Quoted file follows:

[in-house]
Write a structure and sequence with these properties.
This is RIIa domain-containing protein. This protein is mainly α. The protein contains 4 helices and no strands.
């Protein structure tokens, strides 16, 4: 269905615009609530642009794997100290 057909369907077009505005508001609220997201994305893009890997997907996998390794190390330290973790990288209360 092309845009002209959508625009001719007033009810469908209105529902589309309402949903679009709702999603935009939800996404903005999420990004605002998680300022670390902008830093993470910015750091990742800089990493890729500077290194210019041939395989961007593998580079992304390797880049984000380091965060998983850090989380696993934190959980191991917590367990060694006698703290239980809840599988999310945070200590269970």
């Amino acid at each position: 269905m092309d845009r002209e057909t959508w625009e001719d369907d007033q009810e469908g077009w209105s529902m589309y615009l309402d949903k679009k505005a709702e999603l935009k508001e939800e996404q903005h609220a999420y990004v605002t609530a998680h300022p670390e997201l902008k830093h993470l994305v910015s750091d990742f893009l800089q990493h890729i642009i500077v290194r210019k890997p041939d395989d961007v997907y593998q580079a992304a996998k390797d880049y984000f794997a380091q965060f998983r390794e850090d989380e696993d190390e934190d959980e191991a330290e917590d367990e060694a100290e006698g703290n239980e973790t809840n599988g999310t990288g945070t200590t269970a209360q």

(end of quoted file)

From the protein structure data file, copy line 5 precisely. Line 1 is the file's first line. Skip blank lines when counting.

């Amino acid at each position: 269905m092309d845009r002209e057909t959508w625009e001719d369907d007033q009810e469908g077009w209105s529902m589309y615009l309402d949903k679009k505005a709702e999603l935009k508001e939800e996404q903005h609220a999420y990004v605002t609530a998680h300022p670390e997201l902008k830093h993470l994305v910015s750091d990742f893009l800089q990493h890729i642009i500077v290194r210019k890997p041939d395989d961007v997907y593998q580079a992304a996998k390797d880049y984000f794997a380091q965060f998983r390794e850090d989380e696993d190390e934190d959980e191991a330290e917590d367990e060694a100290e006698g703290n239980e973790t809840n599988g999310t990288g945070t200590t269970a209360q």